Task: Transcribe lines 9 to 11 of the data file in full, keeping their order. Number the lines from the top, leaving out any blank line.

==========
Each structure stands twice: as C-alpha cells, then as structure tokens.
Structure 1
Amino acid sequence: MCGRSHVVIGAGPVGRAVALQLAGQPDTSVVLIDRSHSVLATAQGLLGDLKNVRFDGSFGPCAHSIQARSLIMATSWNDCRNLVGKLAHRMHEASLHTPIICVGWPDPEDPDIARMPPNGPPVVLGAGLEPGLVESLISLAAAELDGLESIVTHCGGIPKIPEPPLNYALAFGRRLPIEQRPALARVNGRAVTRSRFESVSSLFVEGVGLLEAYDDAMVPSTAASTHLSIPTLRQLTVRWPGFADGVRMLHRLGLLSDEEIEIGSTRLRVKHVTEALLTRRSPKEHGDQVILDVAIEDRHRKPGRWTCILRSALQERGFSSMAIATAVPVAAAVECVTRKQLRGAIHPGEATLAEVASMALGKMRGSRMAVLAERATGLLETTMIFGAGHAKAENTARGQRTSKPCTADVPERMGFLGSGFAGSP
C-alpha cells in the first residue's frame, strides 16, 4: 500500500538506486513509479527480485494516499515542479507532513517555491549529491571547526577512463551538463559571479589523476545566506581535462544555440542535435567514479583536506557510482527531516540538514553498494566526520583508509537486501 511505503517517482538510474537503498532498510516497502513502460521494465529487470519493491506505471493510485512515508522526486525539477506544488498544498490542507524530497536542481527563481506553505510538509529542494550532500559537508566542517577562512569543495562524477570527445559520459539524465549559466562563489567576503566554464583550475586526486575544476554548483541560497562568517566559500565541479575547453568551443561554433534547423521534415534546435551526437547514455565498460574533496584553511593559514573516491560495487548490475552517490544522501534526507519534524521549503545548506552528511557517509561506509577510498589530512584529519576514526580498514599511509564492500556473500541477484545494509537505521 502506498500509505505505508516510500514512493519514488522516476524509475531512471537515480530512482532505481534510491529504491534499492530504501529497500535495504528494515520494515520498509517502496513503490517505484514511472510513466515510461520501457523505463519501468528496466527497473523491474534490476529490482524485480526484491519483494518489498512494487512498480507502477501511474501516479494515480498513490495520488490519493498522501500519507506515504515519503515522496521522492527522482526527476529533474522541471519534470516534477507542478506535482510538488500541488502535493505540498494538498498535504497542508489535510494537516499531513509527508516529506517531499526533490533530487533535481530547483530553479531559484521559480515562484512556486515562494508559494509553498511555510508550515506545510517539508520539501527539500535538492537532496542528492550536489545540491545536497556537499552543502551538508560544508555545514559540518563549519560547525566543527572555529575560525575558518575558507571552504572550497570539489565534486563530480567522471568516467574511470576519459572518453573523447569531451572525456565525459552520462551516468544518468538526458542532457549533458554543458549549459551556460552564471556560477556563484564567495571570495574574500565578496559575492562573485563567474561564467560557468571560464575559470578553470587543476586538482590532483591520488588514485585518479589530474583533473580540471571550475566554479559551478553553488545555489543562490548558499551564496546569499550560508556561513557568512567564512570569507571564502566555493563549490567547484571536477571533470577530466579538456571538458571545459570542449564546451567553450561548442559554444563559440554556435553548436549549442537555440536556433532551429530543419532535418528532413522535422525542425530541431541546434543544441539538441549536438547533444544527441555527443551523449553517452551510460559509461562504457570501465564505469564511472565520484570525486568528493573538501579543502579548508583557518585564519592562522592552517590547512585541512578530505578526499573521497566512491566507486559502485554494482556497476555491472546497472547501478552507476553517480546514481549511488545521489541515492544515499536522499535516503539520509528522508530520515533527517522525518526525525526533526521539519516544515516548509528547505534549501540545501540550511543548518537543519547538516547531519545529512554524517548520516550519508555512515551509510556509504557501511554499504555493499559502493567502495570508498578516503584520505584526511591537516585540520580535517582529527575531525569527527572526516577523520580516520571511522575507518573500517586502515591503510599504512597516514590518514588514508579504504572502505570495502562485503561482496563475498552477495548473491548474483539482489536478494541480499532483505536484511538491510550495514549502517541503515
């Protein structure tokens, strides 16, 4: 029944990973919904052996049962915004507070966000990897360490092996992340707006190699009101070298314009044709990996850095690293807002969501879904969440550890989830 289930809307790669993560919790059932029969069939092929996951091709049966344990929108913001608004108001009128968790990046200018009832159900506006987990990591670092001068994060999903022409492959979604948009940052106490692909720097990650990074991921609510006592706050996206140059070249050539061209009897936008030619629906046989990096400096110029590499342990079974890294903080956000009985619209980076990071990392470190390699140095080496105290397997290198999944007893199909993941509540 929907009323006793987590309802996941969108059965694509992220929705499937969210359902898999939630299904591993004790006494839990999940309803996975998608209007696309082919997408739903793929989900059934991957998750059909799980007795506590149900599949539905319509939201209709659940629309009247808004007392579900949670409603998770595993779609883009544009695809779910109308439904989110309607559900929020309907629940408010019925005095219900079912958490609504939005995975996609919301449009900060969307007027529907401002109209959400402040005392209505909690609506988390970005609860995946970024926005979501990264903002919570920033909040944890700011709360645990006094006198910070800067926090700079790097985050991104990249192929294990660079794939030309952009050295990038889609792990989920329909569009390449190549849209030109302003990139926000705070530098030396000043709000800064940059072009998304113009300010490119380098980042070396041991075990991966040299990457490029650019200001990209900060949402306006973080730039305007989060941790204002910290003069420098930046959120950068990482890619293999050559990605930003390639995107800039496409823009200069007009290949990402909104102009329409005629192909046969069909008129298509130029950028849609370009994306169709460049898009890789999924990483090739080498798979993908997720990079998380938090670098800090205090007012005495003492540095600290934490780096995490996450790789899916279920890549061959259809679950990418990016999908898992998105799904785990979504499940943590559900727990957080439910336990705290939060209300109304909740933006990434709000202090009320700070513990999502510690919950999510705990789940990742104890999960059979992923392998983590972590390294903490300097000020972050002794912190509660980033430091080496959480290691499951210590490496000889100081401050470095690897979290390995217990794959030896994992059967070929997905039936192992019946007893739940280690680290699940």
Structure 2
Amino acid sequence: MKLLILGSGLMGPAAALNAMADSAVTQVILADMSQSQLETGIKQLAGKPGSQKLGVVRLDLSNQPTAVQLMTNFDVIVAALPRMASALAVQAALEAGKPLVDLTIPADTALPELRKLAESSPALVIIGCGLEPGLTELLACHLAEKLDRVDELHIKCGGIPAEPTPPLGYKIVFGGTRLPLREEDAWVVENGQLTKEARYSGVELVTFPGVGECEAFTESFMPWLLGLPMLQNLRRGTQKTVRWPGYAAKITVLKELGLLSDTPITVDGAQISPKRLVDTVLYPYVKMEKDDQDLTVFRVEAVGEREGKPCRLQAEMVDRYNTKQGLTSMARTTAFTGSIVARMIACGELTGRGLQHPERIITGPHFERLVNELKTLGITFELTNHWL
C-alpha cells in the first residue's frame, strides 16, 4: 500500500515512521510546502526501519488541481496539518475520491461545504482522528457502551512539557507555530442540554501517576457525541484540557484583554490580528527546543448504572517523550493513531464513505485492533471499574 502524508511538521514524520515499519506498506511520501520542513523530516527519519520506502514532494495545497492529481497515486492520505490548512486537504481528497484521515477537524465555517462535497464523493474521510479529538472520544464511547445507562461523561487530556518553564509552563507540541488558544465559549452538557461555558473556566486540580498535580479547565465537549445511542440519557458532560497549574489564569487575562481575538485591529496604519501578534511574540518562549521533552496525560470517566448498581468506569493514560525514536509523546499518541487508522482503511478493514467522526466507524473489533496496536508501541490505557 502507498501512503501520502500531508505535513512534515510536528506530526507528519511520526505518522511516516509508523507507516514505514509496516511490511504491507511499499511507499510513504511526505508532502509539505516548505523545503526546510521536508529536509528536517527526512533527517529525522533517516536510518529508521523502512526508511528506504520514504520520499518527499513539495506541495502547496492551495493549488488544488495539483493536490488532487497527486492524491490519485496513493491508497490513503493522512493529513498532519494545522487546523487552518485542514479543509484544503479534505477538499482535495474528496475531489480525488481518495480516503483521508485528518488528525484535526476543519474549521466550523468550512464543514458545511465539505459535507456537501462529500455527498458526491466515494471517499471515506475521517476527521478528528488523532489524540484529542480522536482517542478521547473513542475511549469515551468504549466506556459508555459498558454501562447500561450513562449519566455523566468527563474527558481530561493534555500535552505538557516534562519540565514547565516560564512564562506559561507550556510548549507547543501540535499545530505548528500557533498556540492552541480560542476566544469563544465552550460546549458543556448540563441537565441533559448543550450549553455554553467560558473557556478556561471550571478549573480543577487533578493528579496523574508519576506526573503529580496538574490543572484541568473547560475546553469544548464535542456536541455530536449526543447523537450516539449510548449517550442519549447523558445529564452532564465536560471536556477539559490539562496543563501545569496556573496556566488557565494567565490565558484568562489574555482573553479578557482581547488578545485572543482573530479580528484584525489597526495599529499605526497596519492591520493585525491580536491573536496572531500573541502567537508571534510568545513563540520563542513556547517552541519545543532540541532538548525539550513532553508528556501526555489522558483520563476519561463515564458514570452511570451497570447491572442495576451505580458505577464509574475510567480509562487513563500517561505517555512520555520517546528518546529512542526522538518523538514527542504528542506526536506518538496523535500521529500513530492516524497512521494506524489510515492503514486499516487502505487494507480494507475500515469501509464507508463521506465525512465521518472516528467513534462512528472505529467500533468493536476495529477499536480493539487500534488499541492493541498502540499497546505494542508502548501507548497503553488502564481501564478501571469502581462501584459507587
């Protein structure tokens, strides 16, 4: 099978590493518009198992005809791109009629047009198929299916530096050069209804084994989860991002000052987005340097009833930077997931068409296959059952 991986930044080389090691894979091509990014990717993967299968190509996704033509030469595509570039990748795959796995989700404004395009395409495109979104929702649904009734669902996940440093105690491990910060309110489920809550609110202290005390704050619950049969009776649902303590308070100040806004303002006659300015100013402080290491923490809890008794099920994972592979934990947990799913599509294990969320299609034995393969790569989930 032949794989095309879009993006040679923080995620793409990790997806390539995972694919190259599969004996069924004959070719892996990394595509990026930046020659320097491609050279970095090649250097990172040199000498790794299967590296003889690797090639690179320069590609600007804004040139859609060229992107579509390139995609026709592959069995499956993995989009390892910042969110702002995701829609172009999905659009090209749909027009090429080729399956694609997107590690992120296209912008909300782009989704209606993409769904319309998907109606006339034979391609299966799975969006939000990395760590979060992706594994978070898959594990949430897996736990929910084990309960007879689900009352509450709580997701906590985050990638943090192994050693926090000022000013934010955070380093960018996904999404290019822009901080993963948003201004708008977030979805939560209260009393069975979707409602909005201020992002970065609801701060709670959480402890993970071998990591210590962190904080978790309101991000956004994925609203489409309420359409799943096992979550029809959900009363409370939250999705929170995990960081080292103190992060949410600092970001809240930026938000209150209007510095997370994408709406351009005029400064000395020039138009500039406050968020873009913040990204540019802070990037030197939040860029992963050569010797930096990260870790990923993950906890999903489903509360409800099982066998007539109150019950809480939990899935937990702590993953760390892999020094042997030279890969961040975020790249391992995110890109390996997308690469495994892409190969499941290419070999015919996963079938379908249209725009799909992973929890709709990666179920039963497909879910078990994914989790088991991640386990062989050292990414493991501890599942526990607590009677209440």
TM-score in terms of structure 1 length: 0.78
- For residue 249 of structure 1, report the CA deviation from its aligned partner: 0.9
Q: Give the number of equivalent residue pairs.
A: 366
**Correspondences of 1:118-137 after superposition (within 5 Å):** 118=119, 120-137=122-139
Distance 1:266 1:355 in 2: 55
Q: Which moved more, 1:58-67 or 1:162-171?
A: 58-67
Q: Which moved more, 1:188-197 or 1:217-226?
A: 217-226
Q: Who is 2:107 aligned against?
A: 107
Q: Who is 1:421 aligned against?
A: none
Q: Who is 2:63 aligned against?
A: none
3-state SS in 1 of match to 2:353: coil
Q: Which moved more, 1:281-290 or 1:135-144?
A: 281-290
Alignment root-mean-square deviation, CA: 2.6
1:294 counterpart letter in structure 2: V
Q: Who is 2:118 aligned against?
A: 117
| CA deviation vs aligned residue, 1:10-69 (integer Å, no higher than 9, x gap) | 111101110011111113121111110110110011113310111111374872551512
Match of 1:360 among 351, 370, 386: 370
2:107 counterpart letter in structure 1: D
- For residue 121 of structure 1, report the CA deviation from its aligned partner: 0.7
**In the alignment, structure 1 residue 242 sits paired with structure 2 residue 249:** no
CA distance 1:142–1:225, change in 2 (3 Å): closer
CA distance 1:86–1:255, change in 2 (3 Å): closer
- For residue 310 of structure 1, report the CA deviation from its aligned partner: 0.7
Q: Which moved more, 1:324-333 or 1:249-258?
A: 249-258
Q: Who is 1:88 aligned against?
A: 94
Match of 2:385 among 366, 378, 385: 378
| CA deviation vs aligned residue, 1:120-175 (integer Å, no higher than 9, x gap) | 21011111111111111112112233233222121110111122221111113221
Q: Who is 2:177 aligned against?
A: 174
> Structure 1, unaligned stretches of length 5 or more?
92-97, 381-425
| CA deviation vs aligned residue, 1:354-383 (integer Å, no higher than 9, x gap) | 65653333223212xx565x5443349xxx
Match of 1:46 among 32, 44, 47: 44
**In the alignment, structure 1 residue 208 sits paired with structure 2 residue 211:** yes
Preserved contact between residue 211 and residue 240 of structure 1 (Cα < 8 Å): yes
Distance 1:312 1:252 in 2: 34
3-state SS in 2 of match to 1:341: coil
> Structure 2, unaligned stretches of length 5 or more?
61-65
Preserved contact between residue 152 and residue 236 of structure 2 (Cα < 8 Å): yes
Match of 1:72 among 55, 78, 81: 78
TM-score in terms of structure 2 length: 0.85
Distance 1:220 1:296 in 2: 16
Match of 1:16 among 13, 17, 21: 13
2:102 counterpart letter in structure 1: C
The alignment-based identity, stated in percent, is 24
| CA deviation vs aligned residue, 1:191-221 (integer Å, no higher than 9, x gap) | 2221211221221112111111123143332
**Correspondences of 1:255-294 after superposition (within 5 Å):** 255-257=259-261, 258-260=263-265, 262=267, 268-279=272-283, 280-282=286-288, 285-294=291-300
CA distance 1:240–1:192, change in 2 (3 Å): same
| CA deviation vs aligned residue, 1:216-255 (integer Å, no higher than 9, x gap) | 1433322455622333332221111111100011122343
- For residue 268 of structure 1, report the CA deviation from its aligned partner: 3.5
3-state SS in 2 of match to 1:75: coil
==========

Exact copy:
């Protein structure tokens, strides 16, 4: 099978590493518009198992005809791109009629047009198929299916530096050069209804084994989860991002000052987005340097009833930077997931068409296959059952 991986930044080389090691894979091509990014990717993967299968190509996704033509030469595509570039990748795959796995989700404004395009395409495109979104929702649904009734669902996940440093105690491990910060309110489920809550609110202290005390704050619950049969009776649902303590308070100040806004303002006659300015100013402080290491923490809890008794099920994972592979934990947990799913599509294990969320299609034995393969790569989930 032949794989095309879009993006040679923080995620793409990790997806390539995972694919190259599969004996069924004959070719892996990394595509990026930046020659320097491609050279970095090649250097990172040199000498790794299967590296003889690797090639690179320069590609600007804004040139859609060229992107579509390139995609026709592959069995499956993995989009390892910042969110702002995701829609172009999905659009090209749909027009090429080729399956694609997107590690992120296209912008909300782009989704209606993409769904319309998907109606006339034979391609299966799975969006939000990395760590979060992706594994978070898959594990949430897996736990929910084990309960007879689900009352509450709580997701906590985050990638943090192994050693926090000022000013934010955070380093960018996904999404290019822009901080993963948003201004708008977030979805939560209260009393069975979707409602909005201020992002970065609801701060709670959480402890993970071998990591210590962190904080978790309101991000956004994925609203489409309420359409799943096992979550029809959900009363409370939250999705929170995990960081080292103190992060949410600092970001809240930026938000209150209007510095997370994408709406351009005029400064000395020039138009500039406050968020873009913040990204540019802070990037030197939040860029992963050569010797930096990260870790990923993950906890999903489903509360409800099982066998007539109150019950809480939990899935937990702590993953760390892999020094042997030279890969961040975020790249391992995110890109390996997308690469495994892409190969499941290419070999015919996963079938379908249209725009799909992973929890709709990666179920039963497909879910078990994914989790088991991640386990062989050292990414493991501890599942526990607590009677209440």
TM-score in terms of structure 1 length: 0.78
- For residue 249 of structure 1, report the CA deviation from its aligned partner: 0.9